CHICAGO (CBS) -- More than $3 billion – that is how much revenue was lost at McCormick Place during the pandemic shutdown.
And if you can imagine, that number was expected to be much higher. But as CBS 2 Investigator Megan Hickey reported Tuesday, we can thank a little something called Hollywood for stepping in.
McCormick Place is the largest convention center in North America. Combined with the hotels and Wintrust Arena, they lost an enormous amount of business.
But the film and TV industry is now helping them on the road back to recovery.
"Chicago is going through quite a renaissance right now in the filming industry," said McCormick Place General Manager David Causton.
Causton said the 2.6-million square-foot convention center came in under their projected operating losses this month, thanks to growing interest from those film and TV crews.
As of last week, 230 events had been canceled – and they would have attracted about 3.4 million attendees and nearly 2.2 million hotel room nights if they had gone ahead.
The total bill was about $3.05 billion in lost economic impact.
But a few no-spectator DePaul Blue Demons basketball games, and interest from TV and film producers, are slowly - very slowly - helping.
"We've got all of the things we need right here in the city," said Columbia College's Ron Falzone. "We don't need to import stuff."
Falzone said he is not surprised that film and TV have been instrumental in McCormick Place's early recovery.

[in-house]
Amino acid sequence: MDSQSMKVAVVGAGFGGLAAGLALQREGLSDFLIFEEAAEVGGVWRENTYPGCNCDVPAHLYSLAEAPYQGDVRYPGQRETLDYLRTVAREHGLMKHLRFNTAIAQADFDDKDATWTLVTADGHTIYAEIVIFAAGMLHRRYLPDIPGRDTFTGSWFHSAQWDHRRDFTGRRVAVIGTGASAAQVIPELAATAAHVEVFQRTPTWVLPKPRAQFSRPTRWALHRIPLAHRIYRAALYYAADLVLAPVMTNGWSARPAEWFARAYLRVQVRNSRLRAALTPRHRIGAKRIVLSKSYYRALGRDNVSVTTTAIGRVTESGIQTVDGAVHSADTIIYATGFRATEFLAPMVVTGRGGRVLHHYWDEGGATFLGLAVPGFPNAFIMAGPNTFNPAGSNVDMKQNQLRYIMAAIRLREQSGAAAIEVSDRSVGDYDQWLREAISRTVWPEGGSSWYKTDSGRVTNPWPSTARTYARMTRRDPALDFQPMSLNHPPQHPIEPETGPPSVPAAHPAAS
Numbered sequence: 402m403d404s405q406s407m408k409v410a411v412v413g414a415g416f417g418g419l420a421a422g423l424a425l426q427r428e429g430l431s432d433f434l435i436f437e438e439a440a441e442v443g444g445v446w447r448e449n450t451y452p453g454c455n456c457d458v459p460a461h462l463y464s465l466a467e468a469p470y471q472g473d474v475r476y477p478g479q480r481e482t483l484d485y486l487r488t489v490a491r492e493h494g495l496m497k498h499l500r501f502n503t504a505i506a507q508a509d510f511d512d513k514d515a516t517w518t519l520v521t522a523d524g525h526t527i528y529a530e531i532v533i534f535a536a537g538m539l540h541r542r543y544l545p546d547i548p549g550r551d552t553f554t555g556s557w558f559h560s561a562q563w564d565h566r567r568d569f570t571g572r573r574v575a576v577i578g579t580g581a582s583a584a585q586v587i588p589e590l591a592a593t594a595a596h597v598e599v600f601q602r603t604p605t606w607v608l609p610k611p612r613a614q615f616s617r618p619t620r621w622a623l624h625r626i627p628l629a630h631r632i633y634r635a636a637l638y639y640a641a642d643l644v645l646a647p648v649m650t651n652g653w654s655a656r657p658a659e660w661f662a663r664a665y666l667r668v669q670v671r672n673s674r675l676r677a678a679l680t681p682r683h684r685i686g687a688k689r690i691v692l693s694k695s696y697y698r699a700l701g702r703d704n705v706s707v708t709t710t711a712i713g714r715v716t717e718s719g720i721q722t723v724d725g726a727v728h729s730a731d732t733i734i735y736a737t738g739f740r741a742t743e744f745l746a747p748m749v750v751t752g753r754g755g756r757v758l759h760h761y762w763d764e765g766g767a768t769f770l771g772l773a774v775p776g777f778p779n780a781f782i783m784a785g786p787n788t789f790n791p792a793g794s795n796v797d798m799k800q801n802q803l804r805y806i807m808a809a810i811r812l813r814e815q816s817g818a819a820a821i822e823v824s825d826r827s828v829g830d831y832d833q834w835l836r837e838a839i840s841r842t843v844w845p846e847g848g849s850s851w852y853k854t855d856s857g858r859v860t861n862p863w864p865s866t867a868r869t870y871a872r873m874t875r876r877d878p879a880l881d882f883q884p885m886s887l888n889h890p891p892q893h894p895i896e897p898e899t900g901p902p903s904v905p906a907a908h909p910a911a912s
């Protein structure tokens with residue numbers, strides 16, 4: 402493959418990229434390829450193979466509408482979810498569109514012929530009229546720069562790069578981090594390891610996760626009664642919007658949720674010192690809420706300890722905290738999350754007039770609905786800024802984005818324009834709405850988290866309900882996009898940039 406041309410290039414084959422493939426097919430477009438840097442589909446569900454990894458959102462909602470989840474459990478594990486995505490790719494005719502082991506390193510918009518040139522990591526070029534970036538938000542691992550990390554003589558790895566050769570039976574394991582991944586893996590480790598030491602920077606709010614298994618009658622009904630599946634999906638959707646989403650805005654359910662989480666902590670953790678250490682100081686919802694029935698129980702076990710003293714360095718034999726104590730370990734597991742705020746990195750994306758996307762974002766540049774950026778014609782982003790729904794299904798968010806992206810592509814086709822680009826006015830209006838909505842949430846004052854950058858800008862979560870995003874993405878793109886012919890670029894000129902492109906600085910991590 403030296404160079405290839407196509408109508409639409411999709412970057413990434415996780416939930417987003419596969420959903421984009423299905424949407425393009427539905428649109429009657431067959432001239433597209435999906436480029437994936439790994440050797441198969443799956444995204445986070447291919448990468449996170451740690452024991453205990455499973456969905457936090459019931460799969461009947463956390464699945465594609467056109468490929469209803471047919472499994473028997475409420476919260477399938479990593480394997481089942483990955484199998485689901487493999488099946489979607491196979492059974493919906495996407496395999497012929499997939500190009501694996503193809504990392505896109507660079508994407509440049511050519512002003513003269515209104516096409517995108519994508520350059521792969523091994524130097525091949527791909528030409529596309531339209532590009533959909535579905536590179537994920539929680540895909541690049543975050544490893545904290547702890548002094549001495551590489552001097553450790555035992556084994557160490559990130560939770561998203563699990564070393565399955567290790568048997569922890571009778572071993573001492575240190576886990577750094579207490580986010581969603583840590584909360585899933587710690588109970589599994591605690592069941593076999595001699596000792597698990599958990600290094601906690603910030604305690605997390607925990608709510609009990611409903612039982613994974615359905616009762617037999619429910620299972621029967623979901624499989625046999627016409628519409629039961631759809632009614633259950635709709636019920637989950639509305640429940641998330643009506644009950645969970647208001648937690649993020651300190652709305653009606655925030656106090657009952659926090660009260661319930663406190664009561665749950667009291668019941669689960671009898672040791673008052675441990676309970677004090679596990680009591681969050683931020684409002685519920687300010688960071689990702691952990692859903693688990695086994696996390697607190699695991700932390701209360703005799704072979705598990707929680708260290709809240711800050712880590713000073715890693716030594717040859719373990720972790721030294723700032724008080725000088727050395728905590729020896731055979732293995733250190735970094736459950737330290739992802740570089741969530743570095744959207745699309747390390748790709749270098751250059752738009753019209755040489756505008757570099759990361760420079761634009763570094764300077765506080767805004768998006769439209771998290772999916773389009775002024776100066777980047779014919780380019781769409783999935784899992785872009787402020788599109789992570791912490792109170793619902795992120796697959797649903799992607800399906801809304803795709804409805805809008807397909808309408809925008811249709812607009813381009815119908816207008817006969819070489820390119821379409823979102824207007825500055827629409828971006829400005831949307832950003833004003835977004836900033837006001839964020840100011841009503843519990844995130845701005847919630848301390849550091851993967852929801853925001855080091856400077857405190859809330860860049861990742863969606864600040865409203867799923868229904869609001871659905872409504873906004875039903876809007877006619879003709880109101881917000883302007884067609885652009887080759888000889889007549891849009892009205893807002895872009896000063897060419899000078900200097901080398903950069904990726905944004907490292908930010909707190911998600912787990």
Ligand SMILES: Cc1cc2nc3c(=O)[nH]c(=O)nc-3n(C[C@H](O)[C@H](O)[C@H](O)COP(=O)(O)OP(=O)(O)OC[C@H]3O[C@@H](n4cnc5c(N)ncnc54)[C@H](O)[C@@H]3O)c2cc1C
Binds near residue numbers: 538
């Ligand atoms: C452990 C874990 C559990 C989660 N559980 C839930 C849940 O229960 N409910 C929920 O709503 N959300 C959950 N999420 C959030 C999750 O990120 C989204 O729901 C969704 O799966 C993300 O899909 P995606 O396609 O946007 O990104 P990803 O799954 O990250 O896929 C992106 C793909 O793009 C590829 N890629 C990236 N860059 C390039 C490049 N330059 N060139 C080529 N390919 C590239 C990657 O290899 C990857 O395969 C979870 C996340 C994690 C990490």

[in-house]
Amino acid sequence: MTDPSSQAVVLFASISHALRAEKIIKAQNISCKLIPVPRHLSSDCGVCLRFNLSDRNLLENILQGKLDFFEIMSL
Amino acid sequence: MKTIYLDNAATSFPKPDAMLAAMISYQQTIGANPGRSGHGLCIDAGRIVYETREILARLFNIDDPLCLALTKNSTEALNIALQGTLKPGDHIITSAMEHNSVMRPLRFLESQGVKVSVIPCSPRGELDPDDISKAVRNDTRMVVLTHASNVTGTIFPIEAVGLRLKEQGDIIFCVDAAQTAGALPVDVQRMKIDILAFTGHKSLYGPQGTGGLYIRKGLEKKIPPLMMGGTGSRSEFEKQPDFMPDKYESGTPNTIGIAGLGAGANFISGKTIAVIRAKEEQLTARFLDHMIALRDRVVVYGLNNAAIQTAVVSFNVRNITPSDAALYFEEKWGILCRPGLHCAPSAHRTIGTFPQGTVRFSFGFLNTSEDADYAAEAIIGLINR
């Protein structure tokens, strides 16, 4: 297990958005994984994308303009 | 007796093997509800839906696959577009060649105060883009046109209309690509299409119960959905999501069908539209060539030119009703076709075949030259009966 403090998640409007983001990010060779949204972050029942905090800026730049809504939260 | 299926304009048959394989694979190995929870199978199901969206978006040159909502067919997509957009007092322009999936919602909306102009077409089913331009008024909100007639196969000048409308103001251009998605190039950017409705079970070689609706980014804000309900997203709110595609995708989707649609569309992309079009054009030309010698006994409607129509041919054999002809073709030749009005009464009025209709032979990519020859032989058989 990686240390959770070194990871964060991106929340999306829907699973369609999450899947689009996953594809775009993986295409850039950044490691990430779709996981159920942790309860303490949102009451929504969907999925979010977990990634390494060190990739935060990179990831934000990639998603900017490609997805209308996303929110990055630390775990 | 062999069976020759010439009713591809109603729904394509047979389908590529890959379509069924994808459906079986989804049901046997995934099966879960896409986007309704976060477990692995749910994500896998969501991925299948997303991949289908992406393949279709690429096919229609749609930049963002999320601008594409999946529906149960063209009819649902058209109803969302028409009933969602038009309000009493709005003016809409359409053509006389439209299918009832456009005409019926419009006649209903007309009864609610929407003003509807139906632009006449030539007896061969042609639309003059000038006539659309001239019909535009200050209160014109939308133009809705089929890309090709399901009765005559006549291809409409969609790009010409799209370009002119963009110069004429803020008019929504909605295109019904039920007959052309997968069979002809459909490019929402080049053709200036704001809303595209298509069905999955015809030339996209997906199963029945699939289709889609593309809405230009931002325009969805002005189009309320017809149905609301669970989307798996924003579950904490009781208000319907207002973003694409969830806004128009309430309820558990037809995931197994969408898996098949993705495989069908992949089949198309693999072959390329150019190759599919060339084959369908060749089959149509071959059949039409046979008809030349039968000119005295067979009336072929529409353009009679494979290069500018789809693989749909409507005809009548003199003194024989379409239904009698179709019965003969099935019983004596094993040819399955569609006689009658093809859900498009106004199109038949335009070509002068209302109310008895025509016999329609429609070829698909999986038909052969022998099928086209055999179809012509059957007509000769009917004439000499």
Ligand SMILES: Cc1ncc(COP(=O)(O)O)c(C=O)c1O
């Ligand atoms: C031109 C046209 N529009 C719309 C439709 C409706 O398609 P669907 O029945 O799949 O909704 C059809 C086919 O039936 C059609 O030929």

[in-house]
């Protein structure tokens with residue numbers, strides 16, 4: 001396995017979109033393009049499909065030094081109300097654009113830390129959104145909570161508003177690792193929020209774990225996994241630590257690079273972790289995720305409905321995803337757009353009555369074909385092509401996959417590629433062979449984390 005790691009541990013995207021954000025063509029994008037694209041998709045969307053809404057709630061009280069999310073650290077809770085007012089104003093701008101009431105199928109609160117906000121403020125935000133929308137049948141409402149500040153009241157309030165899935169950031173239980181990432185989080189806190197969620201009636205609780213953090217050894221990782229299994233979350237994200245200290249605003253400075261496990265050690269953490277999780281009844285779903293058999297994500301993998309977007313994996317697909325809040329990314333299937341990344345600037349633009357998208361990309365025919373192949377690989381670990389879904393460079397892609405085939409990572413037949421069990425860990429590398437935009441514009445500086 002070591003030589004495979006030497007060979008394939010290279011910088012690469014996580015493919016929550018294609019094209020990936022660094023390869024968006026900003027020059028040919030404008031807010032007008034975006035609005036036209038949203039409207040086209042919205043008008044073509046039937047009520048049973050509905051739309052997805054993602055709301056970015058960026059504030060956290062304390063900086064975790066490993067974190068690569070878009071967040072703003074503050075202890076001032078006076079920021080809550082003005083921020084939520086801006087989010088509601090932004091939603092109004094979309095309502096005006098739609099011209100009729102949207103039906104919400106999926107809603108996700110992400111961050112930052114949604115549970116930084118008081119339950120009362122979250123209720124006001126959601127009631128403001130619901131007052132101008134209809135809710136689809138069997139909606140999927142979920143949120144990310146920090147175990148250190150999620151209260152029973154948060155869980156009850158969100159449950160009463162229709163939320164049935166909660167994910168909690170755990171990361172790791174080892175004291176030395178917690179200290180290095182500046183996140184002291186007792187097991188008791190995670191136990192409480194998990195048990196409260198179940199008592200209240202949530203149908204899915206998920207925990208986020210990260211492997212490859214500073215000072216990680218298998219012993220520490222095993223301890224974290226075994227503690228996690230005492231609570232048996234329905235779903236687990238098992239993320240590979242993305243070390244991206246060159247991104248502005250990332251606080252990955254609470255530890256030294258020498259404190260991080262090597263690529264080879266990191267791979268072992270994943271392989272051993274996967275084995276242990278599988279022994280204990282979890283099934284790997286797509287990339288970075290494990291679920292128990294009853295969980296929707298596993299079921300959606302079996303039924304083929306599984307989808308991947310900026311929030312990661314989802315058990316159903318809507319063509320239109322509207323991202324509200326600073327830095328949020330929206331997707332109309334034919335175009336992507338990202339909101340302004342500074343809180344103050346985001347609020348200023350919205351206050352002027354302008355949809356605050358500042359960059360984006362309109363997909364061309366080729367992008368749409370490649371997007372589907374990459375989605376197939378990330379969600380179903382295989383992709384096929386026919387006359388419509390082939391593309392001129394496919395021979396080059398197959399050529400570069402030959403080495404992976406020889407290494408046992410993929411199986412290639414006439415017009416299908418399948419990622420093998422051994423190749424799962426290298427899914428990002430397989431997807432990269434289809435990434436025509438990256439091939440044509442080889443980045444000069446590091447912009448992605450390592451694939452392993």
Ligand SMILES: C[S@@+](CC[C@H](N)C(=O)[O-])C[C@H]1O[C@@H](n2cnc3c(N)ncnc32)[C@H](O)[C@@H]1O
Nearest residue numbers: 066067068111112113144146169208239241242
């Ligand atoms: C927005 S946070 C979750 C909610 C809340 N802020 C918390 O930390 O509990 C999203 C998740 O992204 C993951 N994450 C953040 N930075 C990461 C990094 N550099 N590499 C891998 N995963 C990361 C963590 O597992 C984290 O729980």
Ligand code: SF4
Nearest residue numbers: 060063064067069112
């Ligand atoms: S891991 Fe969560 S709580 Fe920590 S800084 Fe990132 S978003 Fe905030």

"McCormick Place has some pretty good sound baffling, so that would be a pretty quick thing to be able to move into," said Falzone, an associate professor in Directing and Cinema Studies at Columbia College Chicago. "It's easier, faster, and less expensive for a production to come to Chicago than it is to most of these other cities."
"The Lakeside dimension has been also something that's been used in the past for 'Batman' – it was the location of the Bat Cave," said Chicago Film Office Director Kwame Amoaku.
Amoaku said the film office has exceeded pre-pandemic production levels in the city, and the Lakeside Center space at McCormick Place is helping them recruit more projects.
"So we're actually in this position where were running out of soundstage space to put all of these new productions that were coming in, so it was great that Lakeside was able to be utilized and offered as a soundstage space - and we're currently marketing it as such," he said.
For the month of March, the Metropolitan Pier and Exposition Authority reported a net operating loss of about $7 million - but that was about $2 million under what they were projecting.
McCormick Place said right now they have 48 events scheduled between July and December 2021.
As to a return to normal, the estimate right now that in the first quarter of 2022, McCormick Place will host 25 percent of its original events scheduled – and will return to 100 percent of original scheduling during 2024.
for more features.